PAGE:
This study examined the effects of perceived socioeconomic status on helping behaviors. Past research on factors related to helping indicate that perceived socioeconomic status will affect likelihood of helping. Social class is important to individuals helping behavior because they can create an identity based solely on the social class. The class identity created includes its own culture and norms. Helping behaviors are potential norms in social classes. We administered a survey to participants that contained four helping scenarios; the participants were asked what level of help they would offer to the fictional people. We predicted that the lower class individuals would be the most helpful, and middle class individuals would receive the most help. We also predicted that individuals would help those in their social class, and the lower class would receive the least amount of help. An ANOVA analysis supported only the last hypothesis.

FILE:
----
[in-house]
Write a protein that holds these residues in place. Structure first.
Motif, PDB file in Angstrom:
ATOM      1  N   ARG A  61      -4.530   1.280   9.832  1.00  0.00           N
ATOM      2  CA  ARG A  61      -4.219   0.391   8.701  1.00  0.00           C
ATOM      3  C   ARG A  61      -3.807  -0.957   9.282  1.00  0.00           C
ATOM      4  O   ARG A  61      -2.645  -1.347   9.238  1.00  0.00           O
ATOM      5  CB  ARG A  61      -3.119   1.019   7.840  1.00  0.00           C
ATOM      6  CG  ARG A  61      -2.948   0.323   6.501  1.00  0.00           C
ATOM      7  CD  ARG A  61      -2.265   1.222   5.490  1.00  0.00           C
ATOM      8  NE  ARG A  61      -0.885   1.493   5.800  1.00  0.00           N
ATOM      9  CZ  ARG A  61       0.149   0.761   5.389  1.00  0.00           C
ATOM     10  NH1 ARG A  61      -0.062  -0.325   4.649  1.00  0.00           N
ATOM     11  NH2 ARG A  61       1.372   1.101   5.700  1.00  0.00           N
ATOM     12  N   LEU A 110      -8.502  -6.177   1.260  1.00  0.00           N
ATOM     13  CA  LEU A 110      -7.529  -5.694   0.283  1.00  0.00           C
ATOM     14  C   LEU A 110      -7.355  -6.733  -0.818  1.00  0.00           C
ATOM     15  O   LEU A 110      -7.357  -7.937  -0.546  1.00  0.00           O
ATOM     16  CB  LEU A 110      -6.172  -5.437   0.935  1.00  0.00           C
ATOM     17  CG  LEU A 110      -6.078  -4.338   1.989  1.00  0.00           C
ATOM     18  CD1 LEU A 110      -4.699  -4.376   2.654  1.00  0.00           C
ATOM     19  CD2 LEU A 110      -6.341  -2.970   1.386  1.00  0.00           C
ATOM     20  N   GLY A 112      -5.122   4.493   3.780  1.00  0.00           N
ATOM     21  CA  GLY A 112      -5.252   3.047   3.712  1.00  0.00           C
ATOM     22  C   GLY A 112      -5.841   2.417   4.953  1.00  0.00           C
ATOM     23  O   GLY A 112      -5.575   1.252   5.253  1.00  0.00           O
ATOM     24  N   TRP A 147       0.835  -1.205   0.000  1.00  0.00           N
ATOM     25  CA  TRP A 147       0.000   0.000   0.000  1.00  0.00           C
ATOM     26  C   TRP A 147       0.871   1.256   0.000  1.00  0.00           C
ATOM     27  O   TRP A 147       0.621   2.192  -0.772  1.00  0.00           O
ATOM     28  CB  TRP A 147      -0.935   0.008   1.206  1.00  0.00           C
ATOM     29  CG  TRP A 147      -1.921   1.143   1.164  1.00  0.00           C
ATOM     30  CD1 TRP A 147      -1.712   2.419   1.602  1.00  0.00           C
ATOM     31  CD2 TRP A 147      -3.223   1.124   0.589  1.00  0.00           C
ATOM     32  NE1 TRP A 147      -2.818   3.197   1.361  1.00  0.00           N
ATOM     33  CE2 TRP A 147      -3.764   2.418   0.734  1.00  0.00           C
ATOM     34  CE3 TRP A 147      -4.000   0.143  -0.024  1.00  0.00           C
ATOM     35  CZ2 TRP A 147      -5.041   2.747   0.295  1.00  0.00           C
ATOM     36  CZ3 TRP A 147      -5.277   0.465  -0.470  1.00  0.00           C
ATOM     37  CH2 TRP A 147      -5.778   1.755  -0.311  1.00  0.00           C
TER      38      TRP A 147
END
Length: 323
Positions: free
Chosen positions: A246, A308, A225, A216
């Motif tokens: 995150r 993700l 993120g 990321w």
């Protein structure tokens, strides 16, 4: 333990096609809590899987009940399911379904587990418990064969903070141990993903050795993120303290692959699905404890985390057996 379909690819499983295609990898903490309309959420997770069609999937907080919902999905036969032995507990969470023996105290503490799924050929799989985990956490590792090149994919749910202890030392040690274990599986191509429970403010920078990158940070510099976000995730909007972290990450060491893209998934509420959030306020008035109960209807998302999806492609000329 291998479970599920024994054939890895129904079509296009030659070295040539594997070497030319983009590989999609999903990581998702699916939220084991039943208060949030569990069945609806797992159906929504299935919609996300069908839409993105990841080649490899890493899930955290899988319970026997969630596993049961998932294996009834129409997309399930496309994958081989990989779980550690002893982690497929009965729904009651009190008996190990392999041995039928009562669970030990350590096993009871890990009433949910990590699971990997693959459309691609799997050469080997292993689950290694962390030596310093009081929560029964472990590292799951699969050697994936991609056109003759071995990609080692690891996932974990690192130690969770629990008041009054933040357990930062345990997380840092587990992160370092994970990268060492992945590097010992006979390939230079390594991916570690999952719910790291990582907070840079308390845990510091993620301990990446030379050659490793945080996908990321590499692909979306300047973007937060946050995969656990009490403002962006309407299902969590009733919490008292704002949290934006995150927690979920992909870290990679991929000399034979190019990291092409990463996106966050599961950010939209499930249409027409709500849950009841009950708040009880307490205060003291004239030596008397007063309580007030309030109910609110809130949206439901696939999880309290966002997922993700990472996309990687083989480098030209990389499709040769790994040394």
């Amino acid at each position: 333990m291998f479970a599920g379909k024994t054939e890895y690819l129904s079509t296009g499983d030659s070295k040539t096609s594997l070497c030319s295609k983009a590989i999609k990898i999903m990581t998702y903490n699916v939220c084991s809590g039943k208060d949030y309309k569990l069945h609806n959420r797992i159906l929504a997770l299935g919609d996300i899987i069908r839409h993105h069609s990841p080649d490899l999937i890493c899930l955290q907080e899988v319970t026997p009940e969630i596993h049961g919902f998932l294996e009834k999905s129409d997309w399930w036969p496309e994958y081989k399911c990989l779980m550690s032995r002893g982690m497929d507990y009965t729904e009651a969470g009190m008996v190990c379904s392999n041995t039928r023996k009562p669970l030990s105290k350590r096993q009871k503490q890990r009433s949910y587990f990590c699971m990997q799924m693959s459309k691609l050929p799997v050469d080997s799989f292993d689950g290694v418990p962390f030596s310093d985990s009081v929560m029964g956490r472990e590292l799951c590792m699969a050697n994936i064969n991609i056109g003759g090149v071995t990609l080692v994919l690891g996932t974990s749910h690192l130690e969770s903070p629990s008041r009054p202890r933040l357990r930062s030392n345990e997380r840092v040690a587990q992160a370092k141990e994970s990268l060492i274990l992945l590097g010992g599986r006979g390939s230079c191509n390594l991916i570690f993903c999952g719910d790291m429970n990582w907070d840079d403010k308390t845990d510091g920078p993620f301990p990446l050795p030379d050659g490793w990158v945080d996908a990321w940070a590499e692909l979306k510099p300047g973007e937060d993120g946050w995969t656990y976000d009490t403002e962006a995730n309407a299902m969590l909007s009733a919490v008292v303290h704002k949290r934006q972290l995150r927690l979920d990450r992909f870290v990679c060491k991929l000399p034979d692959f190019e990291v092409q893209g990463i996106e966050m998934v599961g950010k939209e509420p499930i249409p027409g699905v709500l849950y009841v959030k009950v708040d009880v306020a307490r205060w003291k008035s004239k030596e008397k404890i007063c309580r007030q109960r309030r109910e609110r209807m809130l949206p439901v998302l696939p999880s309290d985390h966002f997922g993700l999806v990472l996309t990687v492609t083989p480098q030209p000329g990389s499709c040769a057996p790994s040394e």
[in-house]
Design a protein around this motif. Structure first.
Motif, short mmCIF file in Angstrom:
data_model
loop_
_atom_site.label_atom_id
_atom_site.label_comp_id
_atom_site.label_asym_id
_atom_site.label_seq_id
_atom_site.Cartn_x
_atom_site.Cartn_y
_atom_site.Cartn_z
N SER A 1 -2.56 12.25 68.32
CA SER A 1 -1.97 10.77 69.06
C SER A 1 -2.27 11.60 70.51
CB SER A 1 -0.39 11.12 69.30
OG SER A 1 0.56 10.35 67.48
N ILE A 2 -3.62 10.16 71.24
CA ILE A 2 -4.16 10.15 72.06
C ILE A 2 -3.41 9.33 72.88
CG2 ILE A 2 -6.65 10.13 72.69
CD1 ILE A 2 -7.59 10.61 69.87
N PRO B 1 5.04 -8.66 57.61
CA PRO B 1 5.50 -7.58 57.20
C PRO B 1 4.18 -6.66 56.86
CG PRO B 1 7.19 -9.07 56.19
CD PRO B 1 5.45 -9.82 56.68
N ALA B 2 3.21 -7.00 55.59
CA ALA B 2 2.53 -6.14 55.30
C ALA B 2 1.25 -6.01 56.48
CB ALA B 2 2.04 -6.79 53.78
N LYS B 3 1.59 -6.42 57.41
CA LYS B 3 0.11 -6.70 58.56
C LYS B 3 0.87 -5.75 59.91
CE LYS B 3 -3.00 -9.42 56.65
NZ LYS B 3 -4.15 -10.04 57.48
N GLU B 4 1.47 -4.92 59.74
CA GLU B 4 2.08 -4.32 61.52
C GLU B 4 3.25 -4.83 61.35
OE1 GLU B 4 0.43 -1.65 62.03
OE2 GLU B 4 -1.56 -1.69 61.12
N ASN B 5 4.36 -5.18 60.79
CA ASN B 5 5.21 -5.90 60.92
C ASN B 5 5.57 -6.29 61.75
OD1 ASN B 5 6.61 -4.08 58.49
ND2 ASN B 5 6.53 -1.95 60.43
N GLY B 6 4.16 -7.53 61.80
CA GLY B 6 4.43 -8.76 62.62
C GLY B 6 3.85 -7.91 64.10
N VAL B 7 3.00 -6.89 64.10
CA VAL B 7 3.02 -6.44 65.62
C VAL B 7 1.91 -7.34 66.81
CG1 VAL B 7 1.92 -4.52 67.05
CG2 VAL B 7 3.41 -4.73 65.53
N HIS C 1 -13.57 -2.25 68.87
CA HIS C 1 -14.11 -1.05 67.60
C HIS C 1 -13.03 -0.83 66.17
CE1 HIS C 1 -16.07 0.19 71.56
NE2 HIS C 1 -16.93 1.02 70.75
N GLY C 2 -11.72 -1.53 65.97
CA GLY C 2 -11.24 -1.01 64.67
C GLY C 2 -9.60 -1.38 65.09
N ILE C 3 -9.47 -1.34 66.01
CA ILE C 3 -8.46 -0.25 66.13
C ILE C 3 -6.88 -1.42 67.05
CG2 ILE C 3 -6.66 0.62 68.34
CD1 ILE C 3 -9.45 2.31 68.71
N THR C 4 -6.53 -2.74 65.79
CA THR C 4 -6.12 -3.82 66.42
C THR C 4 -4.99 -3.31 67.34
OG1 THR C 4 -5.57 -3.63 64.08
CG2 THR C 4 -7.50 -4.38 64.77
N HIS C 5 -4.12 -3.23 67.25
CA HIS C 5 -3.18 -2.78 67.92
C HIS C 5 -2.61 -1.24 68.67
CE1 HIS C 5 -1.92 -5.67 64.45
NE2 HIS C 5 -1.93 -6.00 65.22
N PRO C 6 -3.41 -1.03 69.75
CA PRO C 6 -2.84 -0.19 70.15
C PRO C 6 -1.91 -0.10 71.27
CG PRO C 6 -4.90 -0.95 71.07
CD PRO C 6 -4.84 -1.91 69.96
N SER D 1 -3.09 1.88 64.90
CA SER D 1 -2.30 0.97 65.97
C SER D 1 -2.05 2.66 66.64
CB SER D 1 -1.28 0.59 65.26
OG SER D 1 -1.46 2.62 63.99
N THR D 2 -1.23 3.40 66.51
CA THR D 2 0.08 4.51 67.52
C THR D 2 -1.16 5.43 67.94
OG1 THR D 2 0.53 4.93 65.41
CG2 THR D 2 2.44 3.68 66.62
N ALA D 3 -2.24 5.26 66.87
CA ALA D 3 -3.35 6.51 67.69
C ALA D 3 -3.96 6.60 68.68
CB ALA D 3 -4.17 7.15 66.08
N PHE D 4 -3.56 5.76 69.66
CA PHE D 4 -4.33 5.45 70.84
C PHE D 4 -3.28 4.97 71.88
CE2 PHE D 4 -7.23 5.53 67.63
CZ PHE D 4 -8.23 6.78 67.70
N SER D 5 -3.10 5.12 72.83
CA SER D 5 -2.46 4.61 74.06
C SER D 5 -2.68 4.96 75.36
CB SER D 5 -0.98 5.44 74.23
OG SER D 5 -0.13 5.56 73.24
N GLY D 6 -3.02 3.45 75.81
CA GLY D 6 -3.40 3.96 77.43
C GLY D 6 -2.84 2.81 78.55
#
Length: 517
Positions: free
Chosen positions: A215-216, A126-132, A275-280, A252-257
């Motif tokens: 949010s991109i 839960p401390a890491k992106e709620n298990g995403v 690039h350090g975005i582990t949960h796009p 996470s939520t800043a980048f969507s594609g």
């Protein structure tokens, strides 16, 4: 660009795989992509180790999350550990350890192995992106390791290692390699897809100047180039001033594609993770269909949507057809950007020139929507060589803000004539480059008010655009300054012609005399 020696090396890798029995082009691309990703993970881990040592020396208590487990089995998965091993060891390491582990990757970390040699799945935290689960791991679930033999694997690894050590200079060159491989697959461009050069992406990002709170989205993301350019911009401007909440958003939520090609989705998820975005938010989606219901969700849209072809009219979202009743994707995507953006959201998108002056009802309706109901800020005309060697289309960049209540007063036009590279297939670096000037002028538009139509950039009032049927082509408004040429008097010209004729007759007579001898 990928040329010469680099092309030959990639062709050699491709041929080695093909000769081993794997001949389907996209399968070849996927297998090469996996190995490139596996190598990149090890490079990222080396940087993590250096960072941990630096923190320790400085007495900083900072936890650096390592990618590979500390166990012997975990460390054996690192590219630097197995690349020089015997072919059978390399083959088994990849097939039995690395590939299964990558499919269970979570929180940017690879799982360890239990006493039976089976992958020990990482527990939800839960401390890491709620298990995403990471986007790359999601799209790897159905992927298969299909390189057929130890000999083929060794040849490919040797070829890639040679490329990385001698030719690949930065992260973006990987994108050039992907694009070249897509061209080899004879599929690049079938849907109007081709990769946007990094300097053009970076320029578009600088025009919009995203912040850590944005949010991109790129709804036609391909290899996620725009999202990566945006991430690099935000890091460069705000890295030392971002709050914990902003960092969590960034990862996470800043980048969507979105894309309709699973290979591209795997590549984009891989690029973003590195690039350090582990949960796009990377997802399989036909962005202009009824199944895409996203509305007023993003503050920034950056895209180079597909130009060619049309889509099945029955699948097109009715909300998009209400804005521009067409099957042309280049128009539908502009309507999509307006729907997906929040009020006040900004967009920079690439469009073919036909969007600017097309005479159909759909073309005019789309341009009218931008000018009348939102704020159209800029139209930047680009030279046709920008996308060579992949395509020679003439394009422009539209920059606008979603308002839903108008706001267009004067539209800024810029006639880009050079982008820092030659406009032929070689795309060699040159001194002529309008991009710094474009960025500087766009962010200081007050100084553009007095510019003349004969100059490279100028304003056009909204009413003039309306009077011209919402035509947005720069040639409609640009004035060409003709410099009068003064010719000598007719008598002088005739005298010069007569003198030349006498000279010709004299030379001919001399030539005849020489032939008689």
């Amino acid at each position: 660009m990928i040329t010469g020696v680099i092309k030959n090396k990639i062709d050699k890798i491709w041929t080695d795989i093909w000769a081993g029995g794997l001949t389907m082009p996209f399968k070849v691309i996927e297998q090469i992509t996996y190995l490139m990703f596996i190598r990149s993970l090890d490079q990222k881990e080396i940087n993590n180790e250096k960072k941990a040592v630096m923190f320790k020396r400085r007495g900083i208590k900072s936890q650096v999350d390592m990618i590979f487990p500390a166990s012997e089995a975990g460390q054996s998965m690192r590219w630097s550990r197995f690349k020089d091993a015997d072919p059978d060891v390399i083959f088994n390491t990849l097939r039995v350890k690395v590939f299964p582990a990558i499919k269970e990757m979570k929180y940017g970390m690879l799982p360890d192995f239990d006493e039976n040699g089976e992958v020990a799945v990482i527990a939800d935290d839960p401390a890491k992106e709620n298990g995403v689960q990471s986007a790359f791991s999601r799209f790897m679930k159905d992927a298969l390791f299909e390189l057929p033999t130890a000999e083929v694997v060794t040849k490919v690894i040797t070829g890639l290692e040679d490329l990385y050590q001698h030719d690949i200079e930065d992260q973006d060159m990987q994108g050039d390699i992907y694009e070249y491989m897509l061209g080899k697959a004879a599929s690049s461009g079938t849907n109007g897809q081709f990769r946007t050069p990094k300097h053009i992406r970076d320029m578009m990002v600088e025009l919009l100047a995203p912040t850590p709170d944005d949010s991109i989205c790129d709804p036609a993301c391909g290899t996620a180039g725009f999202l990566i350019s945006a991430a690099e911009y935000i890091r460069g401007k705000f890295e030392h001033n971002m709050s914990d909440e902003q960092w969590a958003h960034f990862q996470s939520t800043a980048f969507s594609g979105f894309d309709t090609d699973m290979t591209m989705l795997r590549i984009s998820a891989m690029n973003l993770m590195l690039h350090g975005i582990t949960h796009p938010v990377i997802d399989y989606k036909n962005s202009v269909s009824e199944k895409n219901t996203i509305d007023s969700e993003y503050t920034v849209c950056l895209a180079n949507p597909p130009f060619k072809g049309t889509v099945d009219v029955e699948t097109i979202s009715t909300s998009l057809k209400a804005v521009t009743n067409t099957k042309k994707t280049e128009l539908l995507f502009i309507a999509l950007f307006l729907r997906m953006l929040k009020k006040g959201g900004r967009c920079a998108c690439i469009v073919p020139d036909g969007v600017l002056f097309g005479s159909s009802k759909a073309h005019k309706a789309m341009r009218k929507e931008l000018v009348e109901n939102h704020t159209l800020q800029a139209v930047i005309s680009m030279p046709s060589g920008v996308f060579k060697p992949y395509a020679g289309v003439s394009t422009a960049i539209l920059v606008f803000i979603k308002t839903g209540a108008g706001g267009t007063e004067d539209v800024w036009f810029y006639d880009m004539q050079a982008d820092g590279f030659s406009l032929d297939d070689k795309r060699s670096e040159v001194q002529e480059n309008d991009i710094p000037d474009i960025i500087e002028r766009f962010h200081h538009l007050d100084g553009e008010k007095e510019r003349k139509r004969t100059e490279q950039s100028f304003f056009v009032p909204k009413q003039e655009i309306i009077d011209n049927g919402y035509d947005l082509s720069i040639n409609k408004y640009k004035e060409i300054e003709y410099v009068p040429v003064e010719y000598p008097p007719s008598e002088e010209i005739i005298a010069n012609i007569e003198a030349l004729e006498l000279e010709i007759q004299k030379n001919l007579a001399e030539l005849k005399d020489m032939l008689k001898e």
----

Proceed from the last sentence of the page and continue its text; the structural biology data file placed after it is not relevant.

Semester/Year of Award

Fall 12-13-2016


Jodi R. Treadway

Mentor Professional Affiliation


Access Options

Restricted Access Thesis

Document Type

Bachelor Thesis

Degree Name

Honors Scholars

Degree Level




IRB Approval Number (if applicable)